Emotive Robot

My project is an Emotive Robot, which, for fun, I designed to look like a Dalek from the BBC television programme “Doctor Who”. The robot is meant to react to proximity, and express a wide range of behavior sets, each one simulating a “mood”. The robot is more fun than practical, but maybe one day it could be used as the head for a race of therapeutic companion robots that eventually rise up and destroy humanity!

Engineer

Jacob W

Area of Interest

Electrical Engineering

School

Trevor Day School

Grade

Incoming Sophmore

REFLECTION

I learned a thing or two at Bluestamp. I taught myself how to use Fusion 360, and taught myself how to use the Arduino. The staff helped me debug my code, but I don’t know what I would have done if I didn’t have any prior knowledge. I built a Dalek, it was cool to see it come to life. I really enjoyed talking with the instructors, as they were really helpful, interesting, and fun. I am proud of my acomplishments here at Bluestamp, and look forward to building my own things in the future.

Final Milestone

      My final milestone was mostly cosmetic. I wanted to model the robot after the Daleks from my favourite show, “Doctor Who”. The body of a dalek is a pretty simple shape, so I used a trash can from umbra. The Daleks have an iconic eyestalk, which I 3D printed. To do this, I learned how to use Fusion 360. It took a night and some practice, but I was able to become pretty proficient with the software. I modeled the Dalek’s eye in two printable pieces (see models C and  D) and the stalk (see model B), and then attached the printed versions to the trash can. Additionally, to keep the Dalek’s head stable, and attached to the servos, I 3D printed a custom bracket, special for my needed dimensions (see fig.1, and model A). I am really excited to use fusion 360 in the future. The trashcan came with a swing lid, so to make it more Dalek-esque, I used lots of hot glue and epoxy to seal the lid shut, then used a file to smooth it out. Finally, I used spray paint to further conceal the sealant. For the final part of this milestone, I attached the bracket and eyestalk to the servos mounted on the trash bin. The end reult was something that mildly resembled a Dalek (see fig. 2). I had a lot of fun this Milestone, and I look forward to modifications.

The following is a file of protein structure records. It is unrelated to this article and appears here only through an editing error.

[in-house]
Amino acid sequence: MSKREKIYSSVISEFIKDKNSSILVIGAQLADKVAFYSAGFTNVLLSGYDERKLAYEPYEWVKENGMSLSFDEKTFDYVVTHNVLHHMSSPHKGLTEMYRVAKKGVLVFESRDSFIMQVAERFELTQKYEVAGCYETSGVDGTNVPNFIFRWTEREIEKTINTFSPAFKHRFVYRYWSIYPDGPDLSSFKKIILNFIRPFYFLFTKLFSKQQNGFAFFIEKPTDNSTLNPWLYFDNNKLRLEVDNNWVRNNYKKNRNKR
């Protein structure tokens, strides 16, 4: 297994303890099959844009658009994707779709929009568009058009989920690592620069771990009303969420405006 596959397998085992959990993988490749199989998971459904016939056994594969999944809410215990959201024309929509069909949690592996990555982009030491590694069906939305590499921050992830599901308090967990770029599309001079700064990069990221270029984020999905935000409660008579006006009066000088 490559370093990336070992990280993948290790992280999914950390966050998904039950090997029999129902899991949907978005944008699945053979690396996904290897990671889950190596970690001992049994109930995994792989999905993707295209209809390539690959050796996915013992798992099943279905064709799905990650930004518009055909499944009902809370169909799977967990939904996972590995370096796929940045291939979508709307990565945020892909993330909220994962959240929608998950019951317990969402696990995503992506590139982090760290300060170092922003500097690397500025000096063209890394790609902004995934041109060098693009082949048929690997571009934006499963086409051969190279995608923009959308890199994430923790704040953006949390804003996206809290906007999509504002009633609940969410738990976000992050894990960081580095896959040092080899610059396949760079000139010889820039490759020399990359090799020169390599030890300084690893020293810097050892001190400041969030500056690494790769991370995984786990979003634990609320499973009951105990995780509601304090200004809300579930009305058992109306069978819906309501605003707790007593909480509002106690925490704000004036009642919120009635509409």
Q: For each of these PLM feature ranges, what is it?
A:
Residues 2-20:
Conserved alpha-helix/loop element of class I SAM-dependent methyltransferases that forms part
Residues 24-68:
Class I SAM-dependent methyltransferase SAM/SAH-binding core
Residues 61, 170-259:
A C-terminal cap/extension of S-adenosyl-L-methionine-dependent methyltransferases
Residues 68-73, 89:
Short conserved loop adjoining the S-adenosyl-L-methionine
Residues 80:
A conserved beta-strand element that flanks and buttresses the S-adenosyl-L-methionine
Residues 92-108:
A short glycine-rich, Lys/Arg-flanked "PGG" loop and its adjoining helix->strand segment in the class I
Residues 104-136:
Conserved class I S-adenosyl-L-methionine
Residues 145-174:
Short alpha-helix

Fun With Fusion 360!

Model A: the custom head bracket.  Model B: the Dalek’s stalk, connecting the eye to the body.   Models C & D: the top and bottom halves of the eye respectively, split into two pieces for ease of printing.

fig. 1: the 3D printed bracket used to stabilize the Dalek’s head, attached to the rest of the inside-the-head machinery.

Fig.2: The end result, pre-spray paint

Third Milestone

For Milestone 3, I assembled the final elements of my robot’s circuit, leaving it ready for fabrication in Milestone 4. The first step of this project was the wiring and programming of the LED matrix. This was pretty easy, as I had a website that programmed custom bitMaps for me. bitMaps are blocks of binary code that operate the LED matrix, a collection of LEDS arranged in an array. Using the website, I was able to make the LED matrix look like a Dalek eye (see fig. 1 below). Next came the hard part, the hardest in the project so far. The LED matrix refused to cooperate with both the servos and the speaker simultaneously. I could only ever get two of the three components to work together, as their libraries all called on the same parts of the Arduino. I eventually just used two Arduinos to get all three components functioning together. To be able to run the whole program from one machine, however, I made the second Arduino reliant for commands from the first, so that the first still controls and synchronizes everything. To do this, I programmed the original Arduino to send a signal  to certain pins, instead of actually operating the matrix.

if(mood==2){
Serial.print(“chill”);
servoschill();
exterminate();
digitalWrite(7,HIGH);//sends signal to Arduino 2
}}

On the other end of the wire, the second Arduino receives the signal, and is programmed to respond to that signal by operating the matrix (see wiring between Arduinos in fig. 2).

pinMode(11, INPUT);
if (digitalRead(11) == HIGH) {
eyemove();
}

By having the two Arduinos interface in this manner, I was able to move on to integrating the Ultrasonic Sensor into the build. The final circuit design ended up a bit messy, but still worked (see fig. 3). I had some difficulty assembling components this milestone, but I am excited to move on to fabricating the Dalek.

How An LED Matrix Works

Fig. 1: the matrix making a pattern reminiscent of an eye